Friday, 23 February 2018
Gearing Up For Tell A Fairy Tale Day
I know I have a lot of "favourite" days of the year—but one of them is coming up on Monday: Tell A Fairy Tale Day. Seriously, it's a real thing.
And I take it very seriously.
So does my Language Arts teacher, Mrs. Kratky. Last week, she assigned us all the task of writing our own fairy tales. I'll be spending most of the weekend crafting mine, but first, I've been reading some of my old favourites. Like Beauty and the Beast. I also love Hansel and Gretel—probably because it's a little bit spooky and you know how I like scary stories.
My fairy tale is going to be a little on the scary side too.
One of the things that makes fairy tales so interesting is that they tend to change over the years. Most of the stories you know, for instance, started off as "grim" tales, told by the Grimm brothers. I wrote about that in this blog from a few years ago.
Anyway, I thought I'd share fun facts and trivia about some of the most popular fairy tales—maybe a few things you can impress your teacher or friends with. <grin>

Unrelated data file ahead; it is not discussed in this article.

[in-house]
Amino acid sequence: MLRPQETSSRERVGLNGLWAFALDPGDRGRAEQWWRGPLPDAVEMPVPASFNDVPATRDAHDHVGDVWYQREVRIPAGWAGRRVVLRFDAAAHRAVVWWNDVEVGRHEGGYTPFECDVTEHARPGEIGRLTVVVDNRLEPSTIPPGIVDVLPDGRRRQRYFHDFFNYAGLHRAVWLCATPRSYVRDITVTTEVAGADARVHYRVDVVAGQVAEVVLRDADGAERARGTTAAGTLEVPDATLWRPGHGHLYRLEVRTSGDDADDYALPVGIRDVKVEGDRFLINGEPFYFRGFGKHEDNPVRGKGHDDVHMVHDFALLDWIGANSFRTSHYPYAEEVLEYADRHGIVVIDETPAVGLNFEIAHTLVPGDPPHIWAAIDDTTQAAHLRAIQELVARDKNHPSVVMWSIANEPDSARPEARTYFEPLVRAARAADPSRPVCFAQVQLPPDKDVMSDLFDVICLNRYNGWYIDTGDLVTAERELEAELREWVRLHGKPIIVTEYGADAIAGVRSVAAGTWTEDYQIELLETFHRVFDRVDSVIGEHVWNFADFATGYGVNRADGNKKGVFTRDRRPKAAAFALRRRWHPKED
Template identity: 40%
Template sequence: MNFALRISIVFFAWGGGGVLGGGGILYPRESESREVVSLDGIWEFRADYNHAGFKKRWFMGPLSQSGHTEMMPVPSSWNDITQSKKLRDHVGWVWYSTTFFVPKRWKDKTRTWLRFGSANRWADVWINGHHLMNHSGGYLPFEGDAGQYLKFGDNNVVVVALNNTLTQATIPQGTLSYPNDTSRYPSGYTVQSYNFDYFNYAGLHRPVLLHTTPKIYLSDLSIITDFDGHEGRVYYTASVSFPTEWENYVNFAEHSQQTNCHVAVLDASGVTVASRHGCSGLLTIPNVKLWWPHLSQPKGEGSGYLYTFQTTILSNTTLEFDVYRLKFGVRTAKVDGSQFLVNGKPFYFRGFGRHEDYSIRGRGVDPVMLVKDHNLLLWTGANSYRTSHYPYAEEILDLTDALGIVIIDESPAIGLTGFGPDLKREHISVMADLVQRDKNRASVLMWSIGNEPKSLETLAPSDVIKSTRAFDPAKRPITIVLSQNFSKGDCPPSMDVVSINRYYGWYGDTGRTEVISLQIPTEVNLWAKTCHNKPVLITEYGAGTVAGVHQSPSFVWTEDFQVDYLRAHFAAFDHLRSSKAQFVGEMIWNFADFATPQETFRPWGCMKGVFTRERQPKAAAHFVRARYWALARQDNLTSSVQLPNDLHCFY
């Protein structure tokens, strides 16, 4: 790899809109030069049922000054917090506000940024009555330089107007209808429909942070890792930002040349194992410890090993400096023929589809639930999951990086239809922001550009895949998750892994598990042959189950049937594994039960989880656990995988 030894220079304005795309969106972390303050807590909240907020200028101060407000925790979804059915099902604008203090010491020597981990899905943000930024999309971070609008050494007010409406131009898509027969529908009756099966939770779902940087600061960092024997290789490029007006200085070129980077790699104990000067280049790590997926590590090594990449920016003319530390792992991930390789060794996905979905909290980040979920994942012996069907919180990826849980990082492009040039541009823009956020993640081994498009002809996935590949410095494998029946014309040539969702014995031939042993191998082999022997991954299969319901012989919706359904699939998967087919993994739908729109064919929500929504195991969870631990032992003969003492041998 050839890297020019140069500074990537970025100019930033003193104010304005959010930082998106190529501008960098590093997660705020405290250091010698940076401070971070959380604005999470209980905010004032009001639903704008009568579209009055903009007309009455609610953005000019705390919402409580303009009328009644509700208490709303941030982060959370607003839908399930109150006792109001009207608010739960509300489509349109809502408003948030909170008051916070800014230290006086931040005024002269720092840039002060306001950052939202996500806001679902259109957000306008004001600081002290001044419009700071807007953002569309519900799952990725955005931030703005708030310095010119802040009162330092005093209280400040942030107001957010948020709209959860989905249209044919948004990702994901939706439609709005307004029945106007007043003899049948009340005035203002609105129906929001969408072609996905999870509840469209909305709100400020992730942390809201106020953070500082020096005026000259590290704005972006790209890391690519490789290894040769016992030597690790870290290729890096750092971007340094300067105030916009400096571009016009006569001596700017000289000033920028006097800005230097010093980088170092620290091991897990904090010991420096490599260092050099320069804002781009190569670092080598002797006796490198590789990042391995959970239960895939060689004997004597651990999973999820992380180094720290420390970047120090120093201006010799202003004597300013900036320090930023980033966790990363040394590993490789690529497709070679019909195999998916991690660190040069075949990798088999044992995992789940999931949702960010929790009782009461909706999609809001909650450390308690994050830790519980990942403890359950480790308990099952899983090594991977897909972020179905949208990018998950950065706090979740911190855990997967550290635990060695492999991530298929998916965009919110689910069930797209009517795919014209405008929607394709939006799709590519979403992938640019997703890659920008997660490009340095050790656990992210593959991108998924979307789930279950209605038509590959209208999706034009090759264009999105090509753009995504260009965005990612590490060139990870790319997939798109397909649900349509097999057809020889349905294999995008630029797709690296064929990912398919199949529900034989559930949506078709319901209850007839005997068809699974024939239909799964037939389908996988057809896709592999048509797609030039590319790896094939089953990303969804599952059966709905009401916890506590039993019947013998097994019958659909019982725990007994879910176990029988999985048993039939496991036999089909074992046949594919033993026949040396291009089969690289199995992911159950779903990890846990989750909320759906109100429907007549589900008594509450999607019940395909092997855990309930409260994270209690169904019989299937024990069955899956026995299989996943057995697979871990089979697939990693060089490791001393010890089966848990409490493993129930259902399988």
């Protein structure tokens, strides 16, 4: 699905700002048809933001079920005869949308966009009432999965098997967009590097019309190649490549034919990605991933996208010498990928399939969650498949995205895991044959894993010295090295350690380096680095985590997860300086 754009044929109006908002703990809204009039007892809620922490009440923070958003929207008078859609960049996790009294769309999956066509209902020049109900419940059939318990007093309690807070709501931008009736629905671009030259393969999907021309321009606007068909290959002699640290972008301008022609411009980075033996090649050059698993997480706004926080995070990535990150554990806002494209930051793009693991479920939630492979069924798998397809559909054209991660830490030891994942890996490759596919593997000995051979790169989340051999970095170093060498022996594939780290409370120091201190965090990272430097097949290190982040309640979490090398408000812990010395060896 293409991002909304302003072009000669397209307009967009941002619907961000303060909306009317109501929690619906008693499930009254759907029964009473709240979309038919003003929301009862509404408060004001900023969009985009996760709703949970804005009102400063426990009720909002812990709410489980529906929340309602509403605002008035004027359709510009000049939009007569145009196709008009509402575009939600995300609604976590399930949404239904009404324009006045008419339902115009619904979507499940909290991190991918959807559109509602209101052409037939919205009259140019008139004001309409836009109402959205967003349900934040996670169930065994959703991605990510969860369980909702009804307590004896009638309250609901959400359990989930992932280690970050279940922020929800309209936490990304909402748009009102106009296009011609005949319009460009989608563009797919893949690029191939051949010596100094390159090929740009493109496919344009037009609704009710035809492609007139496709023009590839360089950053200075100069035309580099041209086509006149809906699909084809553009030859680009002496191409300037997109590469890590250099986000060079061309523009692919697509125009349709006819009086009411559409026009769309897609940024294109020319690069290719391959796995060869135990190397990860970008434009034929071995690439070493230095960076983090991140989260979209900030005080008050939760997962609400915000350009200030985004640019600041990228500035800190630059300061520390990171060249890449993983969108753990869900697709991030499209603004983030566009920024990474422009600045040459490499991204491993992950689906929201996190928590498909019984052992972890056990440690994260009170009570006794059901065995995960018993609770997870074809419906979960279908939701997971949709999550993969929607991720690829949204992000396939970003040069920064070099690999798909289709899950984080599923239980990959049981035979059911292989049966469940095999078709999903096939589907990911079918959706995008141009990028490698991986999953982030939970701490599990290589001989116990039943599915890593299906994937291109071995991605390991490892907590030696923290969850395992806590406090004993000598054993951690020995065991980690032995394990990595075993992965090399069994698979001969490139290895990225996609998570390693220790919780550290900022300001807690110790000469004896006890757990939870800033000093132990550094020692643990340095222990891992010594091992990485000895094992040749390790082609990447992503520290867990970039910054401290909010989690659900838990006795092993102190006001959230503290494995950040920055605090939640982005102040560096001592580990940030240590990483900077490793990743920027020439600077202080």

Did you know that more than 700 versions of Cinderella have been collected from around the world, and it has appeared in almost every language? It's one of the most re-imagined stories too, like Cinder by Marissa Marr.
And, the very first tale of Cinderella was recorded in China at around AD 850. That Cinderella is Yeh-hsien, and she wears a dress made of kingfisher feathers.
In some versions of Little Red Riding Hood, the heroine is taking grape juice and banana bread to her grandmother—not apples. I wonder if the wolf liked them better! (In the Grimm version of this fairy tale, the wolf EATS Grandma!) And here's another fun fact about that story—in some version, Red Riding Hood doesn't come across a wolf, she runs into an ogre or a werewolf.
Did you know that Roald Dahl wrote a version of Little Red Hood? In his tale, the heroine actually strikes back against the wolf!
If you like Charles Dickens, here's an interesting fact—he loved fairy tales. He said that they helped to keep him forever young.
Seems like Dickens was on to something!
Well, I'm off to read more fairy tales and then write a really good one for class on Monday. Maybe Mrs. Kratky will let me read mine aloud—as long as it's not too spooky. What's YOUR favourite fairy tale?
~ Chase Superman Duffy